The NCFA also welcomes the statement today by Arts Minister Heather Humphreys that “The Departments of Arts and Social Protection are working together to devise a mechanism to assist self-employed artists who have applied for Jobseekers Allowance. This would be a pilot scheme.”  This is something the NCFA has long advocated for, and should see finally an improvement in the fortunes of the majority of artists who create and produce great work despite their precarious livelihood.

*Source Council of Europe

ABOUT THE NATIONAL CAMPAIGN FOR THE ARTS
Established in 2009 as a response to the McCarthy Report, The National Campaign for the Arts is a nationwide, volunteer-led, grass roots movement that makes the case for the arts in Ireland. It seeks to ensure that the arts are on local and national government agendas and are recognised as a vital part of contemporary Irish life.

The NCFA’s ambitious but inclusive proposition is to work with the Government and the sector to ensure Ireland is a “Republic of Culture” in 2016 and beyond: to recognise the centrality of the arts to the future, as well as the history, of our nation, and to achieve an appropriate and functional level of state investment in the arts and culture.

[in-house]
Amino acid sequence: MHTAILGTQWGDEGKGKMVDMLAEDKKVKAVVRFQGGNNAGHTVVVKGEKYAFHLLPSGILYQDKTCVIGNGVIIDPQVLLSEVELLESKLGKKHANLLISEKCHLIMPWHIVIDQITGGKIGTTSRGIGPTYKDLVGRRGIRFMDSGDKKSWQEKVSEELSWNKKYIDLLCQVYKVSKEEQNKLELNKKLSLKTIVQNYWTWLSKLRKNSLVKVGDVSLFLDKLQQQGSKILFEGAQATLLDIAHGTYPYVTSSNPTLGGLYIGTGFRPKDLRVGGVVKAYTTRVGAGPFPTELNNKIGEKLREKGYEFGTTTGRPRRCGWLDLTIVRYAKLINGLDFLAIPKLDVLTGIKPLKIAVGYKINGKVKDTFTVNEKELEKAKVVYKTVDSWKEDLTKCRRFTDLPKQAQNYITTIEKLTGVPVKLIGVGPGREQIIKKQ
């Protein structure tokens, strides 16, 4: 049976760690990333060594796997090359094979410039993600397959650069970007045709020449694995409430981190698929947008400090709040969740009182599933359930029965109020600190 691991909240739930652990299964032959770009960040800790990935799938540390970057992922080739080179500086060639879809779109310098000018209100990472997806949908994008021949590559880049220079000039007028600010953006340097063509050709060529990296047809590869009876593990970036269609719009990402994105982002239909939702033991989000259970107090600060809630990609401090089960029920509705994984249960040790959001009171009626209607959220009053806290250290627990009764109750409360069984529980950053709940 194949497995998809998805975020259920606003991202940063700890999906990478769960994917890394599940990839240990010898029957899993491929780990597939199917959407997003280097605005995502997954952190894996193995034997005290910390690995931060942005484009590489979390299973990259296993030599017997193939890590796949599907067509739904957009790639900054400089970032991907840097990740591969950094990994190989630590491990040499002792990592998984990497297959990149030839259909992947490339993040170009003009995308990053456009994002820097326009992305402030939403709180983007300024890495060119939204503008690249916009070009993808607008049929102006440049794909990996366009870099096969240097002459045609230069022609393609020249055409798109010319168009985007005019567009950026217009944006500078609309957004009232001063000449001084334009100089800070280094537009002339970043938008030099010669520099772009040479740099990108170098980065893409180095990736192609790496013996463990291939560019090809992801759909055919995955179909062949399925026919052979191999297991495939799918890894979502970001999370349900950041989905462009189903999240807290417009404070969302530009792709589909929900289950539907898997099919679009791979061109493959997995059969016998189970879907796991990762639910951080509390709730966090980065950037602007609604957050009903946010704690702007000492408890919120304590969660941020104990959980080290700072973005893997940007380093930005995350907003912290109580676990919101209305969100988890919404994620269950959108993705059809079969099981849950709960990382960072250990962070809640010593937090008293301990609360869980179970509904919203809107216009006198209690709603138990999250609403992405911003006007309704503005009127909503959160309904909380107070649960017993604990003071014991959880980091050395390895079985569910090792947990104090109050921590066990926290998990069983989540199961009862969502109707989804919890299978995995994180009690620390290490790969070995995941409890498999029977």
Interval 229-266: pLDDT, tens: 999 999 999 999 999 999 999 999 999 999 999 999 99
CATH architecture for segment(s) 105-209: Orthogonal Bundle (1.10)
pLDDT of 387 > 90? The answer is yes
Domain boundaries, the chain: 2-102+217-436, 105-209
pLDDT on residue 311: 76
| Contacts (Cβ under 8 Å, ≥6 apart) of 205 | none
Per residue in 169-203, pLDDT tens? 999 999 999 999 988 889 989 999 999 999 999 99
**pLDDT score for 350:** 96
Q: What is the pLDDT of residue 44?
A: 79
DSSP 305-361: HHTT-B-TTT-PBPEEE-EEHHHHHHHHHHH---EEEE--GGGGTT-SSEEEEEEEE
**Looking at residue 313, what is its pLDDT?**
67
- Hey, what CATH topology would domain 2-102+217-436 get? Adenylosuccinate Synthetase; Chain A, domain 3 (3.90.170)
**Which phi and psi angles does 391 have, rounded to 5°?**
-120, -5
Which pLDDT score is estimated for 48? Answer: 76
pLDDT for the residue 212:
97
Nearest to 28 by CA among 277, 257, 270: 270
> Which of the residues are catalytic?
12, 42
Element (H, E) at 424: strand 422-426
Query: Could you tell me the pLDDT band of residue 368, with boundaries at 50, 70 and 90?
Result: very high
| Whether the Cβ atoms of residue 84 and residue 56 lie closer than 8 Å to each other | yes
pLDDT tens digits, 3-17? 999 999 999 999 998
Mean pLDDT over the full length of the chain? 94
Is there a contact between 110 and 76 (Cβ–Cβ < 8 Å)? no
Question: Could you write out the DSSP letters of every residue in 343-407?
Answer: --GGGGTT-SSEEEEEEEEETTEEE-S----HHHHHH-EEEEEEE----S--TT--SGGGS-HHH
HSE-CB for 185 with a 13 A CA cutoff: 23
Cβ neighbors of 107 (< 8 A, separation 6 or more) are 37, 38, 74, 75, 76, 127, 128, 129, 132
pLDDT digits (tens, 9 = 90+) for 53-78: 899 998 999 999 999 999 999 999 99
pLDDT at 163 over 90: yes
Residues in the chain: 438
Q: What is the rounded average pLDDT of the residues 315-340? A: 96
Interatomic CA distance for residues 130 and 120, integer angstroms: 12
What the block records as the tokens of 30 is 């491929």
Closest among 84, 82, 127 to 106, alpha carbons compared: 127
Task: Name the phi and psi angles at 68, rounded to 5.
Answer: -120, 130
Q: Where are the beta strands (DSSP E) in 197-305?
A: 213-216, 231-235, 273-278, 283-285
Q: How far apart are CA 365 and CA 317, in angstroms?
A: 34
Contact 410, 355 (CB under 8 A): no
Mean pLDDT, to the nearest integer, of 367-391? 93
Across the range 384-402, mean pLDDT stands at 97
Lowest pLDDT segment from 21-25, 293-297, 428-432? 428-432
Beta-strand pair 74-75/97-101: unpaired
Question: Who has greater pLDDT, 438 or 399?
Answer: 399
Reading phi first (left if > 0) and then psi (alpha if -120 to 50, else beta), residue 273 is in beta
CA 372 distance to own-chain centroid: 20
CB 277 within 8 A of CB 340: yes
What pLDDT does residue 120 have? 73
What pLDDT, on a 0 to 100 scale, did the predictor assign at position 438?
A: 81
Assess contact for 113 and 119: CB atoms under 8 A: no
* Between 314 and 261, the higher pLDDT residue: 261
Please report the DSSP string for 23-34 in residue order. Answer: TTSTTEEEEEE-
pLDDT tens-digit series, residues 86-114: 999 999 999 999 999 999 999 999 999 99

NCFA Response to Budget 2017 - Press release – Tuesday 11th October 2016

October 11 2016, at 8.12pm


  • NCFA welcomes modest uplift in allocations for cultural agencies and institutions. However dismay expressed by NCFA members as Arts, Culture and Film budget cut by 16% year on year. Ireland retains its position at bottom of the EU league in terms of average GDP spending on the arts.
  • €48m commemorations funding should have been fully retained for arts, film, culture and heritage 
  • €5m for Commemorations Legacy initiative should be directly invested in Arts Council and other agencies

 

The National Campaign for the Arts today welcomed the modest increases in funding in Budget 2017 to the Arts Council, Culture Ireland, the National Cultural Institutions and the Irish Film Board.

Dismay was expressed by members however, that in a budget that saw an additional €1 billion approx. allocated in expenditure, the Arts, Culture & Film budget, which was increased from €156.5m in 2015 to €188.5m in 2016, reduced to €158.3m for 2017 - a 16% cut.